Monday, May 15, 2017

The Basis

This is about one of my favorite movies. It's from August 1, 2013.
I'm not real big on watching movies, especially since the demise of the video stores like Blockbuster. There are two times, however, when I do avail myself of cinema. One is when I'm at my brother Scott's house at Christmas and Thanksgiving. Scott and his wife Karen are big movie watchers and we usually catch some flicks over the holidays. Last winter, it was Hunger GamesThe other time I find myself in front of a screen watching a movie is when I'm flying to and fro on my mission trips to China and Vietnam. For instance, on my recent mission in Can Tho, I had six flights totaling approximately 45 hours. That's a great deal of time to spend in front of a entertainment console!

I saw several movies this trip but one was clearly my favorite. On the way over, I watched The Sapphires, a 2012 film from Australia, and re-watched large portions of it on the way home. The Sapphires  is the story of four Aboriginal girls who sing together from the time they are little. The girls, three sisters and their cousin, grow into lovely young women who end up on a leap of faith touring Vietnam and singing for the troops. It's a tale of family and danger and overcoming prejudice and includes the culture and music of the times. I knew from the opening scene that this was a film based in fact. When I got to Vietnam, I even watched several of the scenes on youtube, including my favorite one posted here, set at a talent contest where the girls sing, of all things, Merle Haggard's Today, I Started Loving You Again.  I even looked the movie up on Google, wanting to know more about the actual family and see what they looked like, which is a trait of a good movie. That's when I found out the truth.

You see, at the beginning of the family, there was this statement:
Based on a true story!

Sometimes, films change the wording just a bit:
Inspired by a true story!

Honestly, The Sapphires was such an enjoyable movie to me that I thought it had to have remained true to the history. And it did.....sort of. The movie was taken from a play written by Tony Briggs whose mother was one of the group. But the four girls were two sisters and two cousins, not three sisters and a cousin. Perhaps the main character in the movie, the girls' manager, Dave Lovelace, was fictional and how the young ladies turned to soul music from country and western is also made up. And only two of the four girls actually went to Vietnam a the other two were against the war. After I had read the Wikipedia article, I was disappointed because the portrayal I accepted as accurate wasn't really. And I liked it so much I wanted it to be. It doesn't take away from the movie and the fact that it was written by a family member kind of makes it more palatable. Still, I'm left with a bit of sadness and maybe that's just silly.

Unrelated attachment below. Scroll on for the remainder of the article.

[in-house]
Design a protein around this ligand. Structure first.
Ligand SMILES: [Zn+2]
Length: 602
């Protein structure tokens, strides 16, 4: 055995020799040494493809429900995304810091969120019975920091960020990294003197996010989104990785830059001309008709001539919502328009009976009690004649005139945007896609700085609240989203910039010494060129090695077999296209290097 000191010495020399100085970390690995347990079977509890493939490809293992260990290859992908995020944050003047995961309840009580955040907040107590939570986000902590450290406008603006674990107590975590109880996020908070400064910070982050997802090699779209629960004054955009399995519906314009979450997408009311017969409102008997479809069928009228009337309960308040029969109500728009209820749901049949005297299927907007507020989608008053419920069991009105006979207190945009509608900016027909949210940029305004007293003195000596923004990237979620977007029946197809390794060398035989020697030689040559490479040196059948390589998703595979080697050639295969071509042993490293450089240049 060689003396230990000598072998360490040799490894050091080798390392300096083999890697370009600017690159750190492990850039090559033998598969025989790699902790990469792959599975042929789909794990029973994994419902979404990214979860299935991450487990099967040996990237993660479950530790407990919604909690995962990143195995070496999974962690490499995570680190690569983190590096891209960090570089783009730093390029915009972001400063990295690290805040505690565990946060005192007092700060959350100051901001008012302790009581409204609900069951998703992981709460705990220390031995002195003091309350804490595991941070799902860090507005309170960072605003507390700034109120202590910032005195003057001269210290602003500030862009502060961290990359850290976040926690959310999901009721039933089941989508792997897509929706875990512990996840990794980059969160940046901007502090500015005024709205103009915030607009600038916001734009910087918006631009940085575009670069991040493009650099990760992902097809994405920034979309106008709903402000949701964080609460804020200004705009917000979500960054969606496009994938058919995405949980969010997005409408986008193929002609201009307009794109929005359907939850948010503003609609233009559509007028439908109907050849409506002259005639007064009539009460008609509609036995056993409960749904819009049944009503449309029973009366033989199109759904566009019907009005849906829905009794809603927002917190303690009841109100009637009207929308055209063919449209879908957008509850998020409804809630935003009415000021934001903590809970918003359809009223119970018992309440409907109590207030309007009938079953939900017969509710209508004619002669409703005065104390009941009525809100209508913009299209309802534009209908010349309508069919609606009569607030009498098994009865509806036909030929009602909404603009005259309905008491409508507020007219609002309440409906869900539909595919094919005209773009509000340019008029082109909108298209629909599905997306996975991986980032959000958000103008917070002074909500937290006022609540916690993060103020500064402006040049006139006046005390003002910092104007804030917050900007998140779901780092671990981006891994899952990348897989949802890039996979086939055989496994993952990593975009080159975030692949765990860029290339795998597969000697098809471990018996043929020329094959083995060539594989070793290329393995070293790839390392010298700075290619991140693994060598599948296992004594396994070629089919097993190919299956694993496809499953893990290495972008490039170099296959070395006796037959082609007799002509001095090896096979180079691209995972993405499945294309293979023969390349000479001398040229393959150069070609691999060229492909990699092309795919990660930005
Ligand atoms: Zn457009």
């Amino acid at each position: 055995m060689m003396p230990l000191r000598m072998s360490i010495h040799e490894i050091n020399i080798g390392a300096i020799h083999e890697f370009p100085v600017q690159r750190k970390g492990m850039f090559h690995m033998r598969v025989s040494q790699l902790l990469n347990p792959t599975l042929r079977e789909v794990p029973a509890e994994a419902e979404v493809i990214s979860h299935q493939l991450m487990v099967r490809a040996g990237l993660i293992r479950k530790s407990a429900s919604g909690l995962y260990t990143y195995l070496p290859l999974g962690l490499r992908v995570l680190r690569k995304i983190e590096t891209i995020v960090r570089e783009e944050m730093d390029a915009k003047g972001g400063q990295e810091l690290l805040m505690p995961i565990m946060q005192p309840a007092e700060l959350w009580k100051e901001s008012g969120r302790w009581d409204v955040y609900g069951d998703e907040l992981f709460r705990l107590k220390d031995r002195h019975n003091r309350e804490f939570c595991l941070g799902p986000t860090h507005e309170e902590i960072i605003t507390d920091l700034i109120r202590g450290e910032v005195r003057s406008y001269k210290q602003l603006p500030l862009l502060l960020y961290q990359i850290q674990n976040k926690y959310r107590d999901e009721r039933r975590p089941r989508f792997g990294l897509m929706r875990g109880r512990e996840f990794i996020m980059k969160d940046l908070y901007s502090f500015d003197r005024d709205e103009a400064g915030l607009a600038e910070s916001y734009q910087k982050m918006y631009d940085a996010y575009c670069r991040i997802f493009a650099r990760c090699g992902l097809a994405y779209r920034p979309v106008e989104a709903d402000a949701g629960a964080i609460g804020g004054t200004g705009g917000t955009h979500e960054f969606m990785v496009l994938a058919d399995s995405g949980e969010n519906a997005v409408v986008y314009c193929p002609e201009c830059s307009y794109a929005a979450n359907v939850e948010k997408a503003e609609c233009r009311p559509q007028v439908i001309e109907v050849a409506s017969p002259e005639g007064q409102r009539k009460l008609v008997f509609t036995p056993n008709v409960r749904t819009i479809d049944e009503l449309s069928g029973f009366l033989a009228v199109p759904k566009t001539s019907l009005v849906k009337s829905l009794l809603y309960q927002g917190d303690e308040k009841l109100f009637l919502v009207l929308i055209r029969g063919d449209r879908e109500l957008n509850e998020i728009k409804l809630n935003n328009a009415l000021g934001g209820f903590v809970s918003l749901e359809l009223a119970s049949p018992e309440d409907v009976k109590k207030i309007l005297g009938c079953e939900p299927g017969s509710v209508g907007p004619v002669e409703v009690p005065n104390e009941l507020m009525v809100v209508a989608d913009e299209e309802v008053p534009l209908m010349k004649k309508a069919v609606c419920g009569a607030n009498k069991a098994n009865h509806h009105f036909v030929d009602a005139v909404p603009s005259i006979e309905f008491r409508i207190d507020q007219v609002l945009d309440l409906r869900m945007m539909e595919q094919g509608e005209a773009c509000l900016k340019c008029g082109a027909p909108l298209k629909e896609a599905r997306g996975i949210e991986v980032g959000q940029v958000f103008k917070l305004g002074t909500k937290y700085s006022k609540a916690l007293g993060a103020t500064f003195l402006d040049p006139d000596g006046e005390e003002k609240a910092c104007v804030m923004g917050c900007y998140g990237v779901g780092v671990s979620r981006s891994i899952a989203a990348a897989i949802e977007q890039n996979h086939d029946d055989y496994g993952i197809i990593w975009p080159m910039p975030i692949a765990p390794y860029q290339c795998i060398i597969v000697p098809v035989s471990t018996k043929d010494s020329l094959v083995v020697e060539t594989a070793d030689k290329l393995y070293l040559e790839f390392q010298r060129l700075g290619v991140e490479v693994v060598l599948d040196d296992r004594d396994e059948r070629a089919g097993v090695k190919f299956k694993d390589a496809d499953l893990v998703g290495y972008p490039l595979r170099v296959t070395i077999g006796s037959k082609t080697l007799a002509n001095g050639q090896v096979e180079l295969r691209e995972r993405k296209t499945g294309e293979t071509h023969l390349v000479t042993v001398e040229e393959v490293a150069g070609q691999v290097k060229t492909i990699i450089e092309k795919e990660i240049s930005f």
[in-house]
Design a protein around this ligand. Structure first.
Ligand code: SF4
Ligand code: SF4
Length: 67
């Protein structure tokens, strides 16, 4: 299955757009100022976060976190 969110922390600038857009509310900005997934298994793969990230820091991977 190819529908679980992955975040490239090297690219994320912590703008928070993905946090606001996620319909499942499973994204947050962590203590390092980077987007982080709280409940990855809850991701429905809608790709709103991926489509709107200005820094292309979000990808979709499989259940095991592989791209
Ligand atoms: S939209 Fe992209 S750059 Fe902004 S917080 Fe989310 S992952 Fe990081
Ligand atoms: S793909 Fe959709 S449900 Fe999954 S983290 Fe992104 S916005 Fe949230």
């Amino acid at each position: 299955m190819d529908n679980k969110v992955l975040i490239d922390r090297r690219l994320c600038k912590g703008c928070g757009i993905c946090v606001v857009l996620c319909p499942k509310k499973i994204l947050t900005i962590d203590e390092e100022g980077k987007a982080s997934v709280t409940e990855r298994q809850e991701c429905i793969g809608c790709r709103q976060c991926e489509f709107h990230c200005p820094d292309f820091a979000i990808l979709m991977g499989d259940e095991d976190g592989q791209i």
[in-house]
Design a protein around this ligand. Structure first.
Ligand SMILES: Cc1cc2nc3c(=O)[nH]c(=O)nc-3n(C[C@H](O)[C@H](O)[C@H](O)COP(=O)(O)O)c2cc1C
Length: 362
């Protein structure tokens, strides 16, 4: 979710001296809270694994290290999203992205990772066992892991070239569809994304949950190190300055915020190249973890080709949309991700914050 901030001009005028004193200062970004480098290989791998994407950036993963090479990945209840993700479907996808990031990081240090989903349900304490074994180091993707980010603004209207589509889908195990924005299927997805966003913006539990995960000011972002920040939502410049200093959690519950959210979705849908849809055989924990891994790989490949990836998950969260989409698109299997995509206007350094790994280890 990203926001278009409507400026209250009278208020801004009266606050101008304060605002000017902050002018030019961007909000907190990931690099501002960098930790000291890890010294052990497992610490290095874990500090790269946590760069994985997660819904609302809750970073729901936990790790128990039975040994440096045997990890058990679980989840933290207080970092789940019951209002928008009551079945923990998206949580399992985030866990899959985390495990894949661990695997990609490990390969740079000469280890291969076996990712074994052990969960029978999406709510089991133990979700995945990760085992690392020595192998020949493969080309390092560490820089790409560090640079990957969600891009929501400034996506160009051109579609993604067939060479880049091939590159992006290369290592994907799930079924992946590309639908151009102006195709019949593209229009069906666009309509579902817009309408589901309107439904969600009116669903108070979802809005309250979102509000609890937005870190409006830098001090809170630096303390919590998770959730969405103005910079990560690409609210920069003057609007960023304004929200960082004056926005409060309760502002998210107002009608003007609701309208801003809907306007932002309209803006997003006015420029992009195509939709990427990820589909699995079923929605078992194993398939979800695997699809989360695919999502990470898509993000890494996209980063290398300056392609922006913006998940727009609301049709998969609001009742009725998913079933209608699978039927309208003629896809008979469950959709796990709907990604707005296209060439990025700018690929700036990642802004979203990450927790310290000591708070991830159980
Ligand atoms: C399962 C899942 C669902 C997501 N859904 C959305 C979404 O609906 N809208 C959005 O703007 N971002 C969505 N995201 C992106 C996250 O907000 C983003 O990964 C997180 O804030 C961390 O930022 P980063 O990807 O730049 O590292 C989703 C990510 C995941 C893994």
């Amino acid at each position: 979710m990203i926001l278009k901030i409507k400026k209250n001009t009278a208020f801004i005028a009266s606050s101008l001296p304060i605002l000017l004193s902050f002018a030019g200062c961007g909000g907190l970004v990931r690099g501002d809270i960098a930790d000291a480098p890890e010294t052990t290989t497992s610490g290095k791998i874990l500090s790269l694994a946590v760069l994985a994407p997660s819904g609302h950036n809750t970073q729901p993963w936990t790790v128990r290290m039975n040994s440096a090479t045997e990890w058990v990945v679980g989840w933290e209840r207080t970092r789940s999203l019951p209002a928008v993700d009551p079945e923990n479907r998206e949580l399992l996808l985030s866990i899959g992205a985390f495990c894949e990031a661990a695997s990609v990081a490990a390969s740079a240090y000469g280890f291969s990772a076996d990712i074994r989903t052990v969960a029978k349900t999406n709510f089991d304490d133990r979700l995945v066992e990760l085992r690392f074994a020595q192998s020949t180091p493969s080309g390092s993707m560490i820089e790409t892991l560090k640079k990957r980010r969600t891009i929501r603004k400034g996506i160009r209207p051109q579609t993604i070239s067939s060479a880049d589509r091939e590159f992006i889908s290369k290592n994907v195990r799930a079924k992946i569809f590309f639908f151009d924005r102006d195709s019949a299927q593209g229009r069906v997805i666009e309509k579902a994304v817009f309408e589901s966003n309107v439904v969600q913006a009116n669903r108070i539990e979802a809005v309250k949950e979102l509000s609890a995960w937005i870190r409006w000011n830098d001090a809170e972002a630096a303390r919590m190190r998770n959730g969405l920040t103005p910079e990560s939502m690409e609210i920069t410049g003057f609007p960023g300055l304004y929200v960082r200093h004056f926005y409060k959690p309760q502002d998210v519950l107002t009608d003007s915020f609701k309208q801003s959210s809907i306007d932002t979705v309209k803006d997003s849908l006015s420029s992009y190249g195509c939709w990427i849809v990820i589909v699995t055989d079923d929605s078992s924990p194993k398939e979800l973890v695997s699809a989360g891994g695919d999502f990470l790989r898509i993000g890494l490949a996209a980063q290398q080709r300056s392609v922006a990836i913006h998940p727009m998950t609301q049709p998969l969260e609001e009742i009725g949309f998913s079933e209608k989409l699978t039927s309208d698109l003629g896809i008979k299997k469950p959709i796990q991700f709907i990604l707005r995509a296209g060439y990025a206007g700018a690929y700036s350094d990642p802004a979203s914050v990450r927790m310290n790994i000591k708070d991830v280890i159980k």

Based on a true story! 
You know, sometimes I wonder if that isn't how we as believers live our lives. We call ourselves by the title of the Messiah who freed us from sin and gives us eternal life. But, often, we are not the accurate portrayal of His life and teachings that we should be. Like The Sapphires, we remain true to the Jesus' story.....sort of. Oh, we might still be recognizable as followers but we fall far short of the emulation to which we are called. The good news is that He loves us anyway, in spite of our character flaws. Well, if my life is going to mirror the movie, I probably will be requesting that Brad Pitt reprise the role of Steve. After all, we're dealing with accuracy issues.

To watch The Sapphires sing Today, I Started Loving You Again, click or copy/paste the link below:

Applicable quote of the day:
"Truth is stranger than fiction, but it is because Fiction is obliged to stick to possibilities; Truth isn't."
God bless,
Luke 18:1
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